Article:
Sometimes it takes a power outage to give one a little perspective….April 5, 2017
This evening, the lights went out at Verde Valley School. I was just getting home and “a white light” flashed in the sky and then everything was eerily quiet. No electricity? I was immediately perturbed. How could I finish the work I just carried home? How could we make dinner? How could I catch this new Netflix show later on? Heavy was my burden! Poor, poor me! I decided to just sit and breathe. I would try and enjoy a little solitude. It was a fast passing storm and soon it began to clear to the northwest and I watched with fascination as the natural light began to take shape and the shadows of the setting sun danced across Cathedral Rock. This was a gift. A forced slow down. I embraced it. After all, we happen to live on one of the world’s most beautiful landscapes with a multi-million dollar view. And still, no electricity. So, I sat and thought about sitting and thinking.
We all move so fast here. Our entire community – students and adults – work at breakneck speeds with little wiggle room in our days to set intention on balancing work and play. It reminded me of the Michener quote about work and play:
“The master in the art of living makes little distinction between his work and his play, his labor and his leisure, his mind and his body, his information and his recreation, his love and his religion. He hardly knows which is which. He simply pursues his vision of excellence at whatever he does, leaving others to decide whether he is working or playing. To him he’s always doing both. ”
I sat outside watching the sunset and thought about that quote and how I am certainly not “the master” in the art of living. While I certainly do not make a distinction between work and play, I realize that is because I don’t play (at least like I used to). But in my most honest moment, I know that work is not something I have to think to do. I just do. Playing is a choice, at times, a chore. Often, short lived. Stopping is not easy for me. My family, friends, and colleagues are always on me about taking care to find balance between work and play. For me, working long hours and burning both ends was something I learned from my father. It was a “good quality.” I emulated that. I was proud that I had that same work ethic in my blood. I am hardly the only one at VVS who lives their life this way. Many adults and students are going 60 miles per hour. Isn’t that a good thing? Hmm….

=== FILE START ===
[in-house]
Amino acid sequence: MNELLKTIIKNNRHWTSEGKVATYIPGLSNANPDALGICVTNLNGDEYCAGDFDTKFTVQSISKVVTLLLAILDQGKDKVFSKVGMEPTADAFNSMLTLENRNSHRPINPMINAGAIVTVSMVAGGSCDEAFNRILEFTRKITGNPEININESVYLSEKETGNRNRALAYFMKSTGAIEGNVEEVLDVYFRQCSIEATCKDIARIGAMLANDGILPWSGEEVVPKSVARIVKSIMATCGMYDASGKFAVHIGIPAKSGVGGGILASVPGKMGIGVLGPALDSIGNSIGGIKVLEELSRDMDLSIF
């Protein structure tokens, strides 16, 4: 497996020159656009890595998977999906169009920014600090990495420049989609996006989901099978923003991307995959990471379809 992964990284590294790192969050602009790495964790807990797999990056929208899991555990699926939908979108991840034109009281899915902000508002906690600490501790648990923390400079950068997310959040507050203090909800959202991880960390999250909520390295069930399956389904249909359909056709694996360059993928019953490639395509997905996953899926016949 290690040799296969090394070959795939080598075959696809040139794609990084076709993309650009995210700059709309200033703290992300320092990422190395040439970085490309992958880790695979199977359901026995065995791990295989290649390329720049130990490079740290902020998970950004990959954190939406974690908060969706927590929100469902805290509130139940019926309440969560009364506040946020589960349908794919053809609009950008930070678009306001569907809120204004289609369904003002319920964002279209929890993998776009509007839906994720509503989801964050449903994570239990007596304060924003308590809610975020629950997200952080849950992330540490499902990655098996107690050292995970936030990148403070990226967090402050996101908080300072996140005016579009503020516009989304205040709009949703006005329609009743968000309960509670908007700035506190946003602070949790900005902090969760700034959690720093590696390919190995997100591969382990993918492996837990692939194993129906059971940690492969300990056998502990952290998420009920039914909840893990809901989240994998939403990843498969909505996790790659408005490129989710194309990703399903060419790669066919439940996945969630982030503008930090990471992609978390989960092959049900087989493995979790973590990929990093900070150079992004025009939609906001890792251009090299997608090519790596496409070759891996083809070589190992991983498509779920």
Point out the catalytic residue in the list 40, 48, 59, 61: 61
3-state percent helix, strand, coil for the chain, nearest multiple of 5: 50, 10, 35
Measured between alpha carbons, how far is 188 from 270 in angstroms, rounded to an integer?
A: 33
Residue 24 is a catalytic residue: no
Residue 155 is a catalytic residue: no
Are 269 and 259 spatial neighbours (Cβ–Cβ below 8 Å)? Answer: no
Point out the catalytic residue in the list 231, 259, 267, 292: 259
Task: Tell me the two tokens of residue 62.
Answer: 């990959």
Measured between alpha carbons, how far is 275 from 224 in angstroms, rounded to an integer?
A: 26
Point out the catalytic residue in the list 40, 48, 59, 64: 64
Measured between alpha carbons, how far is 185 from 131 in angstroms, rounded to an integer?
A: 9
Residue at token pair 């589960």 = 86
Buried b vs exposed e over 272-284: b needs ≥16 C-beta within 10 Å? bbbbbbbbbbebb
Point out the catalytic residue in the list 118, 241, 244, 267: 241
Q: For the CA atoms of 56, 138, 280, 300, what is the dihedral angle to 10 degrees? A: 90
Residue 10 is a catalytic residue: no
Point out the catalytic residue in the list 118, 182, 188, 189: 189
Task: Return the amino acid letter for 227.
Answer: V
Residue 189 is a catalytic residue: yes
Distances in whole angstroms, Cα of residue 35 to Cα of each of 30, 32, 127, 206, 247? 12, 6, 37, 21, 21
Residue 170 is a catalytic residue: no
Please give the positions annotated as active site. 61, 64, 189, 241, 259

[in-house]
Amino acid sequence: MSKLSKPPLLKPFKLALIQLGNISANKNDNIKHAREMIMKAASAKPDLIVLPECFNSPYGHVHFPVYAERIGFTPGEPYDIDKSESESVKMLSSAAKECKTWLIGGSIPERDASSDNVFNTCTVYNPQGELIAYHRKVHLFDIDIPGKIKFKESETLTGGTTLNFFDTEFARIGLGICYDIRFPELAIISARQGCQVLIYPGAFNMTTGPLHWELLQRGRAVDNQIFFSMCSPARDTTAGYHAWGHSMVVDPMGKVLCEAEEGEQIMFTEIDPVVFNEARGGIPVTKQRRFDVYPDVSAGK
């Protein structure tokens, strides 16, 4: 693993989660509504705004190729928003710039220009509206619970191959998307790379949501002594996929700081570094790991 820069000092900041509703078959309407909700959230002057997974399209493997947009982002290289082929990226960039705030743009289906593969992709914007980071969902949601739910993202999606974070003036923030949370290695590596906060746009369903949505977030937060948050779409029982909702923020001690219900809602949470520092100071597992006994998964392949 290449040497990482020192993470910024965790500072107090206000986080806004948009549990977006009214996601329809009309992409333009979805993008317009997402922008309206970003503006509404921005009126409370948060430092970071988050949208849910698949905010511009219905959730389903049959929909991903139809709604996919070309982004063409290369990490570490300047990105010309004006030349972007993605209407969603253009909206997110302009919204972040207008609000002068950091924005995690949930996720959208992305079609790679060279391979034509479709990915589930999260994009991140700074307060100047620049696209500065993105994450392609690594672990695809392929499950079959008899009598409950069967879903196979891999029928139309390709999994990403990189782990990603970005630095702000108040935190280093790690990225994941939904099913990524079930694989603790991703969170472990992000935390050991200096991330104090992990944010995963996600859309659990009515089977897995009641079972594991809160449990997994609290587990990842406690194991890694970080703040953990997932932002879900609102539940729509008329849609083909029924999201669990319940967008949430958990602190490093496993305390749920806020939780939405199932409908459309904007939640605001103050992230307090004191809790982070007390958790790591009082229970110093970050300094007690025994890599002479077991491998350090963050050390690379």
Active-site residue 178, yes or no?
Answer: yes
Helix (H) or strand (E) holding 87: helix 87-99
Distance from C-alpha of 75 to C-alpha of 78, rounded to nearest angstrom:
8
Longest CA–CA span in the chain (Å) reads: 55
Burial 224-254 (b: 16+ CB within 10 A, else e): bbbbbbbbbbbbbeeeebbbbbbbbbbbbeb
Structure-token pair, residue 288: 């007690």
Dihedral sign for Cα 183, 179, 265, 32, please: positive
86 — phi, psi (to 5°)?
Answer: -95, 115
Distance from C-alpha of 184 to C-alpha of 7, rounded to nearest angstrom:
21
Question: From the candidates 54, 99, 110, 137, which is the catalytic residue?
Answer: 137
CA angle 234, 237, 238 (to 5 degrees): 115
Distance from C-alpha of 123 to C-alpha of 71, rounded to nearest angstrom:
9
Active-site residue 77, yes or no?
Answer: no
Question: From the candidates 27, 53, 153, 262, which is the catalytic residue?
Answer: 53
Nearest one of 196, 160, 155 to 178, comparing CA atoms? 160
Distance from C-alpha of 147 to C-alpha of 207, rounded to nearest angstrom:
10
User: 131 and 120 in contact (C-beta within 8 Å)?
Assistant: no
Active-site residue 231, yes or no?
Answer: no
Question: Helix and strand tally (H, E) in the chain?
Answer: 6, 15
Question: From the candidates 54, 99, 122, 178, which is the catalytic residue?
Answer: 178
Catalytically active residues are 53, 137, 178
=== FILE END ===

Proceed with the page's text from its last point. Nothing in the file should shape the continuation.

I admit that work is often play for me – and for years I thought that was enough. However, on this night – nature forced me to slooooow doooown, and I saw things from a different perspective. “What about play,?” I asked out loud. A small voice within said, “You have to force yourself to play.” “Do not!,” says me – “Do too,” says the little voice inside. “What is that about,?” I asked myself. My id is battling my super-ego and my ego is trying to calm them down. I felt like I was in an old Monty Python skit but I was playing all of the parts. “I know how to have fun!…don’t I?”
As each minute passed, I grew in my convictions that I will take time to meditate, time to honor the day, the place. I will not pout when Donita (my wife) makes me go on hikes after a long day. I will not get frustrated when my kids ask me to stop and “smell the roses.” I will not go gaga at the disco when our internet goes down.
I will play. I will like it. I mean it. I will!
“Aun Aprendo” – “Still I learn.” As the night wore on, the lights did in fact come back on. It was both a relief and a disappointment. Back to reality. However, I learned something in all of this. I learned that I have to help our community understand that work and play are equally important. While the master sees no distinction between the two, most of us are not masters in this area. We have to create those two divisions of life – work and play. Both require nurture, focus, attention, and planning. I thought about how busy the next two months are and yet, we are entering into the BEST eight weeks of the school year. The VVS traditions start soon and won’t stop until the last bus pulls out of campus on June 3rd. Fire Run, Ring Ceremony, Junior/Senior Dance, Mud Pit, Senior Girls Tea, Senior’s Brunch, Senior’s Toast, Breakfast at the Head of School’s house, Senior Wills, Project Period, Baccalaureate, Commencement. Phew! We will all be exhausted. The next several weeks is all hard work, BUT, all feel like Play.
Perhaps that is the best lesson I give this community. This is as close to a tangible example of how the blur between work and play is possible.
With that, I stop. I look forward to seeing many of you in the months ahead. There are so many people to thank for the success of this school and the excitement that is generated here. I am so grateful to the more than 300 alumni who have sat with me, along with the parents, staff, and students who have offered their wisdom and counsel. Perhaps we work so hard because we believe so much that this place is worth it. We believe in what we are doing for the world ahead. So, in a strange sort of way, maybe work and play just happens here because we love what this school means. I don’t know, but I am excited to find out.
Head of School